Every now and then an event occurs that brings up fond memories of past gaming lives. It may be a HD re-release, a new movie or even a sequel to a beloved classic. It is at moments like these that the nostalgia strings are pulled and the joys of games gone by flood our conscious thought. So in the immortal words of Deckard Cain, stay a while and listen as our writers take you back to a favourite moment in their gaming past. Welcome to “Those Were the Days”.
Those Were the Days – Liberty Island
Rarely a game makes a huge impact on my life. Usually games come and go, they are a fun distraction from more important things. I enjoy the heck out of gaming but it is very uncommon for a game to leave me with a lasting impression, for a game to dominate my thoughts for weeks to come. So it is doubly strange for a demo, not the full game, to do exactly that. But that is precisely what happened in the year 2000 when Ion Storm released the demo for the Unreal powered Deus Ex.
Thanks to internet powered by 56k dial up modems, getting a hold of demos was best achieved by buying magazines that came with demo disks. I believe my mag of choice at the time was PC Powerplay and I actually had the demo for Deus Ex for quite some time before I played it. I simply wasn’t interested in it with another (now forgotten) demo the reason for purchasing the magazine. But there was a groundswell (word of mouth was prime in pre-social media days) among my friends, a gradual realisation that this game was something special so I booted up the computer and installed the demo.
The first problem I encountered was the fact I didn’t have a 3d accelerator card, which the game really needed to run well. But thanks to some technical flimflammery I was able to get the game running (technical tricks, hacks and backdoors were common in PC gaming at the time. You youngun’s just don’t know how good you have it.) It didn’t look great but it was working so I dived in not really knowing what to expect. I remember my logic at the time was that it is powered by the Unreal Tournament engine so it must be something similar. I went in expecting tense firefights and the lightning action of that series. What I got instead was an eye opening look at how truly absorbing a game could be.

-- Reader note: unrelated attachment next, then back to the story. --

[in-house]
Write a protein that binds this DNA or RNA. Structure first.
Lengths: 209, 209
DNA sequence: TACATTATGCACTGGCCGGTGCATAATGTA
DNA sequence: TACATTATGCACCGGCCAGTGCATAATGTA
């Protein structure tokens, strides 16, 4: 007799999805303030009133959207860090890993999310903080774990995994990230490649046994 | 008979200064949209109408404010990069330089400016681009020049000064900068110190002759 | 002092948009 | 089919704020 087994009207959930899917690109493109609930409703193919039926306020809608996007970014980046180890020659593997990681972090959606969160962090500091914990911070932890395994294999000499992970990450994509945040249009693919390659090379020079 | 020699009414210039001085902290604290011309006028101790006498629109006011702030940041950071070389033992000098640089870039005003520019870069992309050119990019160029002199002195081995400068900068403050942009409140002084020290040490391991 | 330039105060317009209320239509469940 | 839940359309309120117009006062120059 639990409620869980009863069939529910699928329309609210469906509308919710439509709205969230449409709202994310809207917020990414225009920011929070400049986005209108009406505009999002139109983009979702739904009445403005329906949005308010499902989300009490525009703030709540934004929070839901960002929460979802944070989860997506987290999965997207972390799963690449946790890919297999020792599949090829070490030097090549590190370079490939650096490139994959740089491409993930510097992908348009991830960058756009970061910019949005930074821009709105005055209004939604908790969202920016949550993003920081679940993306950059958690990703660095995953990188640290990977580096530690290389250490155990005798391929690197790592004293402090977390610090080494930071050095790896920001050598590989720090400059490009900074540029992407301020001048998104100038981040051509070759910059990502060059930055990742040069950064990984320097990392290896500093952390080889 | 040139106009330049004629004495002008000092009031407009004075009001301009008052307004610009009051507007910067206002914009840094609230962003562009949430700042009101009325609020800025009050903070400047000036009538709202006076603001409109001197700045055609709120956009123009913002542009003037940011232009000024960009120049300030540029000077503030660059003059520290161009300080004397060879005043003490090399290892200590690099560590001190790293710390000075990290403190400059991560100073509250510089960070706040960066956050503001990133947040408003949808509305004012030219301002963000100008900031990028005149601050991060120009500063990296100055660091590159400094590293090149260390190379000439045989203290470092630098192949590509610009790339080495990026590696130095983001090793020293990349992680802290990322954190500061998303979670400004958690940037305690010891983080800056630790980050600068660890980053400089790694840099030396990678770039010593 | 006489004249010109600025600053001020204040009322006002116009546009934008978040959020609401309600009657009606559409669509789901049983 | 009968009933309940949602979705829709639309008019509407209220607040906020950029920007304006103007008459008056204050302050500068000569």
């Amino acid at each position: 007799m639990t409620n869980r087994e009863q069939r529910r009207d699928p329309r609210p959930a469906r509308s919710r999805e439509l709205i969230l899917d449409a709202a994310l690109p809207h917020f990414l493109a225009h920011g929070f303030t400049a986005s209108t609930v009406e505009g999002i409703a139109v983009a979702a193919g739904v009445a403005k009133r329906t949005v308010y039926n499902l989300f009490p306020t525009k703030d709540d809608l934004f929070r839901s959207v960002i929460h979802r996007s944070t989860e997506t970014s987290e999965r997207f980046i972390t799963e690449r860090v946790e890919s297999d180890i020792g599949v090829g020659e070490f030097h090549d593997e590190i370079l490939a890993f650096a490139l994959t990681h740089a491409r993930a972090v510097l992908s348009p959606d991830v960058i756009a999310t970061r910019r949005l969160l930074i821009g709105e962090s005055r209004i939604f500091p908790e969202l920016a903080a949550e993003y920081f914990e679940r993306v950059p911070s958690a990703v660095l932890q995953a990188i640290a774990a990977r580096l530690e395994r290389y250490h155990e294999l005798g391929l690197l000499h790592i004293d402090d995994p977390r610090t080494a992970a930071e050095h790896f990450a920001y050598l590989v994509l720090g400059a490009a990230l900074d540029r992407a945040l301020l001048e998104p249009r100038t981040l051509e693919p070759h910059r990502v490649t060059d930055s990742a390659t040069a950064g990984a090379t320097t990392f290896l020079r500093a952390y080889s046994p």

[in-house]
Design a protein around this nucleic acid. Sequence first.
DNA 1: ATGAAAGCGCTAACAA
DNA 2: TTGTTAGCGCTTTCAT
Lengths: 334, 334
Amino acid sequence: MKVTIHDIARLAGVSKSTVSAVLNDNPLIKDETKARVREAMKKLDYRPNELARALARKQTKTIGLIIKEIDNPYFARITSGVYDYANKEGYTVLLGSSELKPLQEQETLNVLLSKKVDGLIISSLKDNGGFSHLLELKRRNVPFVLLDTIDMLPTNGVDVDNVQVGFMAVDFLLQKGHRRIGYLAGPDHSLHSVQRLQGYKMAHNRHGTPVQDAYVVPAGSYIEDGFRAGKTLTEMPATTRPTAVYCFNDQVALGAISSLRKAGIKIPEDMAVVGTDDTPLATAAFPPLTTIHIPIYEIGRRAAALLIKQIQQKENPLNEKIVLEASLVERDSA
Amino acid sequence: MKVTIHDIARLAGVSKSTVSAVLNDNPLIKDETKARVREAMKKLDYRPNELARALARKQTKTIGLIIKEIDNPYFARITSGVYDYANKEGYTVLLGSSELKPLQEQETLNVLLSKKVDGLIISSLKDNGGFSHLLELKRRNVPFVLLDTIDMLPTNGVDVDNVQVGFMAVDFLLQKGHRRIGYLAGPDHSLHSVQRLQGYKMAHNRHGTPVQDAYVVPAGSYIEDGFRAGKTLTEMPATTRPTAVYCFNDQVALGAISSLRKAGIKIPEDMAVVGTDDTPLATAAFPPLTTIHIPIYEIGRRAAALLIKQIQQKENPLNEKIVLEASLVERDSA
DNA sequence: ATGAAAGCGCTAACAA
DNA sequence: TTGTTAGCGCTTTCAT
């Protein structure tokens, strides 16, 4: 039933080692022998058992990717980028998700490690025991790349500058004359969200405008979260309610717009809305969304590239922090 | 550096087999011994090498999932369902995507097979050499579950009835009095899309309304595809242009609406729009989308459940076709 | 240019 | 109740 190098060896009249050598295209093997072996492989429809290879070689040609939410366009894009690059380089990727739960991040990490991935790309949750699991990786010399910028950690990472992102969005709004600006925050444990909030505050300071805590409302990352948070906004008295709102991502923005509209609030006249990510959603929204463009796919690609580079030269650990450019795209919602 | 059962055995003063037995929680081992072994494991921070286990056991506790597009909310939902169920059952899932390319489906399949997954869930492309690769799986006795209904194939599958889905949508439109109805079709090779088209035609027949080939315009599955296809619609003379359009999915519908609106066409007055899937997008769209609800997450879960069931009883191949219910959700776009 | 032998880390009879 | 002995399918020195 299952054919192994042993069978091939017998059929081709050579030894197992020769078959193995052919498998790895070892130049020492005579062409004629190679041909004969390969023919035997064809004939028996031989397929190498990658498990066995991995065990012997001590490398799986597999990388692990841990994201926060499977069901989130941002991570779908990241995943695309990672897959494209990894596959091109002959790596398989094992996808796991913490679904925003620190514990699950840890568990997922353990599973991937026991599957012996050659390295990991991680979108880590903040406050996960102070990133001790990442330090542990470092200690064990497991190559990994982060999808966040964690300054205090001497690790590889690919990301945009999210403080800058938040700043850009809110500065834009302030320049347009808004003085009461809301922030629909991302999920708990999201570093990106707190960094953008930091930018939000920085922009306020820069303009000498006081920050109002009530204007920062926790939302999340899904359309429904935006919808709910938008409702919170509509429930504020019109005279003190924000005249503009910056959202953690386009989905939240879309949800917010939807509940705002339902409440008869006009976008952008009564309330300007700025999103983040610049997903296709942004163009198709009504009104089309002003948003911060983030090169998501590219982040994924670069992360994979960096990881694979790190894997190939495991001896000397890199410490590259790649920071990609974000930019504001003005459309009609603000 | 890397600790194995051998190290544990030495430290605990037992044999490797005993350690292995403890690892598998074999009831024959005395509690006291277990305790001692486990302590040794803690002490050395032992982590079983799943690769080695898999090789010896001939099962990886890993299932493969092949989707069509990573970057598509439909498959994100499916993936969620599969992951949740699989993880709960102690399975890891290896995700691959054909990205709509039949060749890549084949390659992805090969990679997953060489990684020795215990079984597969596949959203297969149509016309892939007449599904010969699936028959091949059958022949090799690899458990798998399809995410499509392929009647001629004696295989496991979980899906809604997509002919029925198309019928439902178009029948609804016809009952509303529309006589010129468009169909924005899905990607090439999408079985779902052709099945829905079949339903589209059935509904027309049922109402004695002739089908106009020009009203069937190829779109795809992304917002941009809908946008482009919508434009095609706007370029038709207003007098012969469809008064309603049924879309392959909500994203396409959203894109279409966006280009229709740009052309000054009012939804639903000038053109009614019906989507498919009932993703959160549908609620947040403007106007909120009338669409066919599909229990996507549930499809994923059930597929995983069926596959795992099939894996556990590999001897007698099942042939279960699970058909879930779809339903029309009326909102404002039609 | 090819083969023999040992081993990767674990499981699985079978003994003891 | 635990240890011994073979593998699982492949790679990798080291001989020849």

For those that don’t know the demo for Deus Ex was rather generous in what it gave people to play with. The whole first mission of Liberty island was available and considering the multitude of ways to finish the mission that was hours of gameplay for the cost of a mag with a demo disc. My first playthrough was a disaster I must admit. Having been raised on games like Doom and Quake my first thought was to go in guns blazing. I think I managed to last about 5 minutes before coming up against a minigun toting security bot at the Statue of Liberty’s front door. I soon realised that the Charles Bronson approach wasn’t going to get me anywhere.
From this point forward I tried everything. Stealth approaches that involved sneaking through air ducts and taking down guards with sleeping darts, tech approaches where I hacked stationary turrents to take down the terrorists for me, I even retried the frontal assault tactic once I had located a rocket launcher. There were so many ways of tackling this one mission and all of them were valid in this amazing game world that Ion Storm had created. It was a freedom that had never been seen before in the genre and frankly it has been rarely seen since.
I finished school that year and moved on to my first full time job. My first purchase was a brand new computer with a 3D accelerator card and the first game I played on that computer was Deus Ex. In fact I can’t think of a computer I have owned (and there has been many) since its release that I haven’t had Deus Ex installed on. Even now, 16 years later, it sits proudly on my Steam list, always asking me back for another game. I am sure I am not the only one that harbors this sort of love for Deus Ex. In fact I am sure that many many people feel the same way. I am also just as sure that their love stemmed from a generous demo that involved a trip to Liberty Island to take out a group of rogue terrorists. That simple mission welcomed people to one of the best games of all time and shaped the way many people look at games forever.
* Note: Screenshots were taken from Deus Ex: Revision. A HD restoration mod for the Original game. This mod is free for owners of Deus Ex on steam and I can highly recommend it.
Dad, Gamer, Writer, Husband all rolled into one big ball of random matter.
Editor of Player 2, Matt spends his time yelling at strangers as they walk past, imploring them to visit Player 2. Sadly this tactic hasn’t yielded any significant results but he keeps on trying regardless.
Writes on Ngunnawal land.